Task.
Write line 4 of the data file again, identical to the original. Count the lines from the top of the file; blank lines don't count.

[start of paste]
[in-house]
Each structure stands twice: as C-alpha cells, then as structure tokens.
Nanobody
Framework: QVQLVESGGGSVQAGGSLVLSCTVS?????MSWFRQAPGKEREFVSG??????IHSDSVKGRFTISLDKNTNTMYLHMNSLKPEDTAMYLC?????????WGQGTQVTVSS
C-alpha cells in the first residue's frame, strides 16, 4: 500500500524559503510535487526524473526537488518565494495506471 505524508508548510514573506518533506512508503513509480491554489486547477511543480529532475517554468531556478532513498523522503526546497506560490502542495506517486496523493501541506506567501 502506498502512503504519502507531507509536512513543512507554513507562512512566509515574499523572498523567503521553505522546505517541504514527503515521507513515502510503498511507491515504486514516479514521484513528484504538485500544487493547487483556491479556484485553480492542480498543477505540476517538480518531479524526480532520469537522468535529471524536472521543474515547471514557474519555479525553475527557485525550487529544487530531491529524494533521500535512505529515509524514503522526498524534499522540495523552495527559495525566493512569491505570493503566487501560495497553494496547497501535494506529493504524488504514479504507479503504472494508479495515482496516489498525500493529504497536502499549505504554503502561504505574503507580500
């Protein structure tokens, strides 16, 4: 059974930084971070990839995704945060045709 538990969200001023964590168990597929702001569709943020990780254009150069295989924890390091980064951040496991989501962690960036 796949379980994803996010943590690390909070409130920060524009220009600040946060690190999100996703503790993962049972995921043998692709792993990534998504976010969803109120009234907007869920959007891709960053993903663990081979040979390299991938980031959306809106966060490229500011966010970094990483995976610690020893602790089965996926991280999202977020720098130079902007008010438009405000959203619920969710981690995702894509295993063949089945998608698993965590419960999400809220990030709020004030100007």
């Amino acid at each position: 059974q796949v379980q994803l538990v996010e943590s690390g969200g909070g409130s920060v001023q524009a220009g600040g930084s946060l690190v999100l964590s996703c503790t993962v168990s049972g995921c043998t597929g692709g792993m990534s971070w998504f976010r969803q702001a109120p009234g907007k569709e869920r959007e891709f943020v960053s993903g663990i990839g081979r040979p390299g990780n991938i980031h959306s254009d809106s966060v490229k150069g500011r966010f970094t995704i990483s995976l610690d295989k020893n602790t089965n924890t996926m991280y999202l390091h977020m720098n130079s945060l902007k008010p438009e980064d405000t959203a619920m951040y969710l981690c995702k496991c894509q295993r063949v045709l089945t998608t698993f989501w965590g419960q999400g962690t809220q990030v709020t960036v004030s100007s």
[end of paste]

Framework: QVQLVESGGGSVQAGGSLVLSCTVS?????MSWFRQAPGKEREFVSG??????IHSDSVKGRFTISLDKNTNTMYLHMNSLKPEDTAMYLC?????????WGQGTQVTVSS